While the 1960s tend to be viewed as a happening time when recreational drug use was widespread, those years pretty much pale against the period of history that has been colourfully referred to as the Great Binge. Beginning in the 1860s and continuing until the second decade of the twentieth century, the range of mind-altering and chemically addictive substances that could be legally purchased across much of the known world was, well, intoxicating.
Not only was cocaine (which had been invented in the 1860s) perfectly legal and available in a wide range of products, but there were numerous other drugs to compete with it. Heroin, which had been invented in the 1890s as a substitute for morphine (and opium), was freely marketed as a non-addictive pain medication (it was commonly found in cough medicines for children). Bayer also marketed it as a cure for morphine addiction (they pulled the product in 1910 when it was found to be even more addictive than morphine). Cannabis and hashish were widely available as well (it was made illegal in Turkey in 1890 but the trafficking continued).
In addition to the recreational drugs, Absinthe and other beverages with high alcohol content were also being marketed fiercely. Harrods in London even offered morphine and cocaine gift-boxes for a time. Cocaine and heroin were used as performance enhancing drugs by athletes and adventurers alike (cocaine as a stimulant, heroin for controlling pain). Polar explorers included cocaine and heroin as part of their first aid kits. Sigmund Freud, Thomas Edison, and Sarah Bernhardt advocated the wondrous virtues of cocaine elixirs. Arthur Conan Doyle even had his fictional hero, Sherlock Holmes, taking cocaine to enhance his mental powers. There was little regulation since the products were largely considered to be non-addictive. At least, until the first addiction cases began showing up by the dawn of the twentieth century.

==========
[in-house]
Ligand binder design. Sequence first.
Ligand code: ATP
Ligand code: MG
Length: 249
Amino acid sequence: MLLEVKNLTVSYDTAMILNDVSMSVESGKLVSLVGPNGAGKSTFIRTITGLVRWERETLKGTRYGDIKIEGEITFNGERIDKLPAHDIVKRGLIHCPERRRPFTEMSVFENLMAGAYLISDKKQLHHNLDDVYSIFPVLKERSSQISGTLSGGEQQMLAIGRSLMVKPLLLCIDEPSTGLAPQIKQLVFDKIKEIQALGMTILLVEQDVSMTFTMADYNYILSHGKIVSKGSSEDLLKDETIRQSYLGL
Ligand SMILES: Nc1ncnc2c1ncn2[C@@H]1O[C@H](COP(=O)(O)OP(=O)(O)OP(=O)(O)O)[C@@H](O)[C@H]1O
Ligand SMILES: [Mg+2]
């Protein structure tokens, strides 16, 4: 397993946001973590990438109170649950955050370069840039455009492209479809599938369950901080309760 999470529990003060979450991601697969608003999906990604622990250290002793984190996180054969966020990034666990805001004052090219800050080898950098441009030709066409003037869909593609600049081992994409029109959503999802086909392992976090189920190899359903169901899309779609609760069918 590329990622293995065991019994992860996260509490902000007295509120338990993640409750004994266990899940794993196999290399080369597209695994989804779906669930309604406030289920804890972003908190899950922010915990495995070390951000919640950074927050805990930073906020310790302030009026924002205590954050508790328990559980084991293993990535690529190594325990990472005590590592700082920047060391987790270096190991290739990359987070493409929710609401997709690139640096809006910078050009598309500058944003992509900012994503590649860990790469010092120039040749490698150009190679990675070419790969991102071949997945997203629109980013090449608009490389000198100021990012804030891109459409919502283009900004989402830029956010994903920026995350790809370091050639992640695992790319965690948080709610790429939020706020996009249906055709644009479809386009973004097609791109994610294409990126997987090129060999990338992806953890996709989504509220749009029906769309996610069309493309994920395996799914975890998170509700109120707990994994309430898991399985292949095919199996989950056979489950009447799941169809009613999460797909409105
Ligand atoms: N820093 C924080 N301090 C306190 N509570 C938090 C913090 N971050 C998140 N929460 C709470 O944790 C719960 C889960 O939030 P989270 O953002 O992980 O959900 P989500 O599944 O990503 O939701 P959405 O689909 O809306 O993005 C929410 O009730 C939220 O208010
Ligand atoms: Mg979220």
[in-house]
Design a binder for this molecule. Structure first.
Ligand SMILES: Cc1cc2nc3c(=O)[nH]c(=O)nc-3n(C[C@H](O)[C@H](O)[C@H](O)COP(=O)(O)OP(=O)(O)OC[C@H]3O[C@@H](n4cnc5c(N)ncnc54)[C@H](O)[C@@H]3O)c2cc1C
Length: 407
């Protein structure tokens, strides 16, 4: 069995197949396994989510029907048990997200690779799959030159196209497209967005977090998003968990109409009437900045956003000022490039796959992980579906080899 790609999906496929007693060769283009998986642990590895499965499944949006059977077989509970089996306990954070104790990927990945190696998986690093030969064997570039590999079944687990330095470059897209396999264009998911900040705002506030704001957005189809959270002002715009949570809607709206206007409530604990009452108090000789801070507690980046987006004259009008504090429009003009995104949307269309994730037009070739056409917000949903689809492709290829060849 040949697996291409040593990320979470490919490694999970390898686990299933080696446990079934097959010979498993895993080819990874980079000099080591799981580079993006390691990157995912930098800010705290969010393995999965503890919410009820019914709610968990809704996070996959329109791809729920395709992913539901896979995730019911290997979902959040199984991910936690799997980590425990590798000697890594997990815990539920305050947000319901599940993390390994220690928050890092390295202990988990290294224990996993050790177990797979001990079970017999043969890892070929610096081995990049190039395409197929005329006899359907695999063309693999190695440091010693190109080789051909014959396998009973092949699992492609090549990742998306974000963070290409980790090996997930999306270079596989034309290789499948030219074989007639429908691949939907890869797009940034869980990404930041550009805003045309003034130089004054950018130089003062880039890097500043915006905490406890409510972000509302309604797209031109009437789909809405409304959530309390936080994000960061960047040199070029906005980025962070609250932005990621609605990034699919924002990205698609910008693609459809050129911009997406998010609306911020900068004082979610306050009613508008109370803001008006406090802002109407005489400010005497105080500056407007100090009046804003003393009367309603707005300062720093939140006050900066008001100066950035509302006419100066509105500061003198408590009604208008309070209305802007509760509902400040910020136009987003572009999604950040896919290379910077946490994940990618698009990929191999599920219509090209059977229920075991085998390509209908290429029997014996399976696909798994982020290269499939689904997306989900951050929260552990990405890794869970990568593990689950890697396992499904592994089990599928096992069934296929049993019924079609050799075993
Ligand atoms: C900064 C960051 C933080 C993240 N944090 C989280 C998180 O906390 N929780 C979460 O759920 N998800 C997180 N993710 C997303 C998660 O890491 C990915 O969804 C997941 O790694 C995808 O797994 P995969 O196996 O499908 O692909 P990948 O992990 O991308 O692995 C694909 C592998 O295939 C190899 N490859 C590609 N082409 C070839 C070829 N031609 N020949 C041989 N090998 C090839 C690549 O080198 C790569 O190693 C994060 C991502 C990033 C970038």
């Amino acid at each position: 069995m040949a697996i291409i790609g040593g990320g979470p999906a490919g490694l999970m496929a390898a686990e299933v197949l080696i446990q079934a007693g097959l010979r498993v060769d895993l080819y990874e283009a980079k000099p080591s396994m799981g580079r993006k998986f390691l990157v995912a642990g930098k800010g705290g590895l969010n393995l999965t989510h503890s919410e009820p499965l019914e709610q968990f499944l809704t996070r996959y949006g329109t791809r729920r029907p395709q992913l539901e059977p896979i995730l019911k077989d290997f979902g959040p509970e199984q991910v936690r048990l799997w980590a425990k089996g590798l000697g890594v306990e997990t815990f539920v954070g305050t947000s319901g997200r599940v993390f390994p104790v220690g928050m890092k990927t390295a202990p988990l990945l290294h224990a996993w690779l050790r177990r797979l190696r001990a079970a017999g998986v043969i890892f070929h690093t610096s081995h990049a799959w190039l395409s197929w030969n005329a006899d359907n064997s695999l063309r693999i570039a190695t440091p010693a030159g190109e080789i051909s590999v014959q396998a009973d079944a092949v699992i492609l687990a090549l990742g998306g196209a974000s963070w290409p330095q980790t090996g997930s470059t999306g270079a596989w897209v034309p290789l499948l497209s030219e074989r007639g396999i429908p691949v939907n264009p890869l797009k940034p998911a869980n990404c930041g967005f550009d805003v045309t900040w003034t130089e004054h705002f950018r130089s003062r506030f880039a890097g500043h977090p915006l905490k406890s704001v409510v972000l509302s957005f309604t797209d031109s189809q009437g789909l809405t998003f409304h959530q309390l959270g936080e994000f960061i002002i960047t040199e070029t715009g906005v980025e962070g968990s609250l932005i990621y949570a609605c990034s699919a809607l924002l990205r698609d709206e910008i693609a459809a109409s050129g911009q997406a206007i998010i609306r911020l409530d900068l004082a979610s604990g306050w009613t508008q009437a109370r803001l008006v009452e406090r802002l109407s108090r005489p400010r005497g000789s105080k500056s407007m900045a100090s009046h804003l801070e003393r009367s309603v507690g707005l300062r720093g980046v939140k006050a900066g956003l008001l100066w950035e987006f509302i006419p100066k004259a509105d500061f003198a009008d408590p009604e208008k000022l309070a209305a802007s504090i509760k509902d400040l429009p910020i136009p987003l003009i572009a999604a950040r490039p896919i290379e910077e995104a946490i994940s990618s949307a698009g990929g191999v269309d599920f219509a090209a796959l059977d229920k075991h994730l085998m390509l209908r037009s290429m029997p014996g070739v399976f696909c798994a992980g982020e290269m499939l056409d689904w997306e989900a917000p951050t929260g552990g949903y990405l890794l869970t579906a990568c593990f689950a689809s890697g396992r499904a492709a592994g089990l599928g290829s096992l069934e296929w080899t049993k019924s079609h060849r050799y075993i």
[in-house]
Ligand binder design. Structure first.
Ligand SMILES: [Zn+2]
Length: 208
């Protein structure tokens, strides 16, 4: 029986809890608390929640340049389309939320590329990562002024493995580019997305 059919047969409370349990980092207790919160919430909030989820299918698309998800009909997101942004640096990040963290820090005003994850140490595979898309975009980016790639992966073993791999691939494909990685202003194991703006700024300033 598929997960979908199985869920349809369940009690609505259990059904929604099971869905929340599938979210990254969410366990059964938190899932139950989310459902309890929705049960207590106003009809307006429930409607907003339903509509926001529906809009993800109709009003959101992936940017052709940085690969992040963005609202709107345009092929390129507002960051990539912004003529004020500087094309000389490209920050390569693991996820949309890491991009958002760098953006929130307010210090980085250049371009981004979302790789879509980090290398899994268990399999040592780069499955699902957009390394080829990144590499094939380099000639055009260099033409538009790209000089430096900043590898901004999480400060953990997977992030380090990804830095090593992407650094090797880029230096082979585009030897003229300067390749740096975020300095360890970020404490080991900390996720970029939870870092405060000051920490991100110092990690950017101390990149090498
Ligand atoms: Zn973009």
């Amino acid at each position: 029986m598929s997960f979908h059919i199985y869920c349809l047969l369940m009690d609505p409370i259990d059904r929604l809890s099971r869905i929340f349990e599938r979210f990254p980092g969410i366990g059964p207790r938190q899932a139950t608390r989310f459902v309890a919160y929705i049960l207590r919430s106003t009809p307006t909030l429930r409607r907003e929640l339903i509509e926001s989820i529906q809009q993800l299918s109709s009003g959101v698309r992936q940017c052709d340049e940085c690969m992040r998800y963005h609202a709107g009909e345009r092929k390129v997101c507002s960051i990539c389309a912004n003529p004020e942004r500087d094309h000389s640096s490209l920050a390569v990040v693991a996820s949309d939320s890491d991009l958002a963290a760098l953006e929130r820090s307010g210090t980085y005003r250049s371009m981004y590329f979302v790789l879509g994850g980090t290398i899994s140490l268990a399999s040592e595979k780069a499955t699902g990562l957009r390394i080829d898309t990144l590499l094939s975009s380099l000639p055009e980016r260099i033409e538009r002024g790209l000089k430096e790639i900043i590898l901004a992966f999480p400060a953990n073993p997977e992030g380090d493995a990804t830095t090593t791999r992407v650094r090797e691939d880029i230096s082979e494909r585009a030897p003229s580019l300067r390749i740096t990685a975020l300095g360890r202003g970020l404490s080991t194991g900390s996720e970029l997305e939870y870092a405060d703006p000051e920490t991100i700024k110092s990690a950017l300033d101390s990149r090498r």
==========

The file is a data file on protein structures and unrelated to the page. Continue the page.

And then the reaction set in...
Absinthe was actually the first substance to be banned. After a Swiss labourer murdered his pregnant wife and two children in 1905 in a drunken range fuelled by absinthe (among other things), anti-absinthe groups mobilized to have it banned across Europe. By 1915, absinthe was illegal in most jurisdictions (including the United States) and the moral panic began to extend to other addictive substances. In the United States, opium was banned in 1905 and cocaine was banned by 1914 (heroin remained legal with a prescription). The Heroin Act banning the manufacture and possession of heroin wasn`t passed until 1924. Individual U.S. states began banning cannabis in 1915 but it wasnt until 1927 that the ban applied across the entire country. Recreational use of cannabis wasn`t banned in the U.K. until 1928.
Heroin remained legal in some countries until after the end of World War Two but most Western countries have since come to regard it as a restricted substance along with cocaine and its various derivatives. It would take years before pharmacological and beverage industries were finally brought under effective government control and potentially addictive substances such as morphine and codeine became heavily regulated.
By 1920, the Great Binge was effectively over (but the legacy remains).